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Plarail is one part nostalgia, one part mania, and equal parts fun

Here in Japan, trains are everywhere, and whether you live in the middle of the world’s biggest megalopolis that is Greater Tokyo, or find yourself in the nether-regions of places like Shikoku, Hokkaido, and even Okinawa, chances are you will board some sort of rail-based transport during your stay in Japan. So it’s no wonder that the children growing up here all have fond memories of building Plarail layouts with their parents, siblings and friends.

In the same manner as this American built crazy bright orange Hot-Wheels tracks for my toy car collection when I was little, many kids around Japan go bonkers whenever they see the royal blue plastic slotted tracks that the battery-powered trains ride around on. The appeal for the toys are massive; At this year’s Tokyo Motors Show at Tokyo Big Site, a massive layout was put together and pretty much attracted anything that was below the age of 10… Come to think of it, it attracted a lot of us who were 3 times that age too!

Invented in 1959 by Tomy — the same company that would later bring Transformers to life — the first Plarail set was a replica steam locomotive and came with a starter layout that had a bridge for the train to cross over the opposing track. Also, it wasn’t battery operated, so kids operated the toy the old-fashioned way by pushing it around the track. It wasn’t hard to see the appeal of the toy back in those simpler times though. Sure there were toy train sets that ran on electric rails such as the old Lionel sets, but Japanese children during those times had to pull out and put their toys away each time since the room they were playing in was also likely pulling triple duty as the living room, dining room, and bedroom as well. The Plarail set gave children new opportunities to build something new each time they played, since the layout could change. Also as the toys caught on, kids would tote their sets over one another’s homes or some other common space and build layouts together since the parts were interchangeable.

A wide-eyed child is eager to play with this tall Pla-rail layout at the 2015 Tokyo Motor Show (Jason L. Gatewood)

Over time, Plarail modernized with the times, garnering battery operated models and incorporating things like switches and crossing gates into the layout designs. Tomy then took the toy overseas, landing in the USA where it’s currently sold under license by Fisher-Price. Over across “the pond” in 1992, Plarail launched a tie up with “Thomas The Tank Engine” where the characters from the hit British children’s TV show are brought to life as toy trains. Instant success ensued, and the collaboration was such a hit that they spun off a separate division just to manage the licensing of the playsets around the world.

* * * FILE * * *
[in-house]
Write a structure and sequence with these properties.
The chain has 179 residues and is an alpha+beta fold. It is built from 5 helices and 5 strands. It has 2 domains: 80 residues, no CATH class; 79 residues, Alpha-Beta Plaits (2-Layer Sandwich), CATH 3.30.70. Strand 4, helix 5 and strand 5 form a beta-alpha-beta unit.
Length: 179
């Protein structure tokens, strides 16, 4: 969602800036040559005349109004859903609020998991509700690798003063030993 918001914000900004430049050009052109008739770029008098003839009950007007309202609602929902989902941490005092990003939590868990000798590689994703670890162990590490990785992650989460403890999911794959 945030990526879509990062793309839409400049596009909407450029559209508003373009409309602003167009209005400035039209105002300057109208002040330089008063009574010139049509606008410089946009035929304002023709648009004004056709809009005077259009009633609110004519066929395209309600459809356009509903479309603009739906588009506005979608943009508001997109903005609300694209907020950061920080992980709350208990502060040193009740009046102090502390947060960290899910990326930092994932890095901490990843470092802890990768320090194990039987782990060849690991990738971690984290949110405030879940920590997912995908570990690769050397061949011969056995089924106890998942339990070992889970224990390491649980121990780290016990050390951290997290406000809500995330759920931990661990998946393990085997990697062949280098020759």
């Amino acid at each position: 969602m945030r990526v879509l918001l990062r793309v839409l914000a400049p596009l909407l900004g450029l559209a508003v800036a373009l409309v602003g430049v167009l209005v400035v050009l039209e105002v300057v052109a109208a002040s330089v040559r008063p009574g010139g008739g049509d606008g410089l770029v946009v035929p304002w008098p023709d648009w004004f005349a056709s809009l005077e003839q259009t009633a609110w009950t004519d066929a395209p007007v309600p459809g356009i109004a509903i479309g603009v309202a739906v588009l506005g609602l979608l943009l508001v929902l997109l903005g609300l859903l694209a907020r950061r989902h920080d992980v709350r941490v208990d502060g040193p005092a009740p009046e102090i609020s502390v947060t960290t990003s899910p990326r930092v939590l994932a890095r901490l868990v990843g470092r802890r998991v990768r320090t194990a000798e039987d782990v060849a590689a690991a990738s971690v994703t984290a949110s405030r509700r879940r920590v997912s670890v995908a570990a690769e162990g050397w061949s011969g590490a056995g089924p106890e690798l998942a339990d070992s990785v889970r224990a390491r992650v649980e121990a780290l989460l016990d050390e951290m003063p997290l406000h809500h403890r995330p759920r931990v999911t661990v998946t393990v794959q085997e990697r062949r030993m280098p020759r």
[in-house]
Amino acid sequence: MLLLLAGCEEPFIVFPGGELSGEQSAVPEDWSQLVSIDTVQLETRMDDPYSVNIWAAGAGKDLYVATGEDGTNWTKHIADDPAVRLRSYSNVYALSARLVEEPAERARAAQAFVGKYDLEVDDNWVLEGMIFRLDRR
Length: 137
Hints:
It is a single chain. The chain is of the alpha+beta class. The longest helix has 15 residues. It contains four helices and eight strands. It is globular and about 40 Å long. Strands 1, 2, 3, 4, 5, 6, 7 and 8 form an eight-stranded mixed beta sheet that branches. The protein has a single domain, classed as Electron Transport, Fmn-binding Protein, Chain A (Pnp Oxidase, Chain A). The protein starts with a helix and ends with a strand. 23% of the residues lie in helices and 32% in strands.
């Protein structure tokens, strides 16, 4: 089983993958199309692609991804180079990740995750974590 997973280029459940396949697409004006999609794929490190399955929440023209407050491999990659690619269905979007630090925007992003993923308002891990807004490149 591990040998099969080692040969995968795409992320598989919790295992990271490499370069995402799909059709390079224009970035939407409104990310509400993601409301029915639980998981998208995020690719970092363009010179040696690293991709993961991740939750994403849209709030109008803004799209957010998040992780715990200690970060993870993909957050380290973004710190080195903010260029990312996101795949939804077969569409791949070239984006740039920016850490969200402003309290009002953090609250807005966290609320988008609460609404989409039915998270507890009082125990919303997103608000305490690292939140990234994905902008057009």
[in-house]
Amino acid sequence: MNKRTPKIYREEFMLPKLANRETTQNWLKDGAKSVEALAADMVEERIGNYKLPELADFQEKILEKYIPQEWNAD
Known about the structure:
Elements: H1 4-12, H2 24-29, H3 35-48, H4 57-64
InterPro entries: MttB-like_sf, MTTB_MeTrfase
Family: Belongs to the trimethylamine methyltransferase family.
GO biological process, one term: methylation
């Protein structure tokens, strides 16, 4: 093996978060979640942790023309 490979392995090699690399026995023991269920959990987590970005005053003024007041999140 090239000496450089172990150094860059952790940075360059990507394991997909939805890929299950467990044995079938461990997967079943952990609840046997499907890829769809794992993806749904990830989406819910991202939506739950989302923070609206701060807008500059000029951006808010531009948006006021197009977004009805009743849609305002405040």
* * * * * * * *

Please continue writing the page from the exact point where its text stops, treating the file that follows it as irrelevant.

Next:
These days, you can find children and adults having fun with the toys globally, but Japan is still home base for those wishing to collect the widest range of sets. Most toy stores in Japan stock Plarail, but Tomy (Takara Tomy here in Nippon) also has dedicated stores that only sell the toy. In Tokyo Station’s underground shopping arcade, the first ever Plarail Shop opened and on a recent jaunt over there to… check out sources for this story… I noticed many of the shoppers were actually visitors and tourists snapping up as many of the tiny trains as they could shake a credit card at. In addition to the stores, there are also Plarail Expos that tour shopping malls and collectors clubs that attempt everything from the largest layouts to the most realistic setups modeled after real working railroads. Speaking of which, the toy’s popularity isn’t lost on actual rail companies either, with several also selling licensed versions of their running stock in kid-friendly plastic form.

If you’re looking for a one-of-a-kind gift that screams Japan, trains, nostalgia, you may have just found it right here in the Plarail universe. Good for ages 3 to 103!

About the attached video:

“Gacchan” is a cute 5 year old boy here in Japan whose mom & dad make videos of him playing with his toys all the time. According to his mom, “He was looking at YouTube every day. He said one day. ‘I want to join appeared on YouTube'” and the rest is history.
Please check out his channel to see what toys the little ones play with here in Japan! :
----------Gacchan profile----------
Name ----- Gacchan
Age ----- 5
Sex ----- male
Likes ----- Train , PLARAIL , TOMICA , Candy making kit

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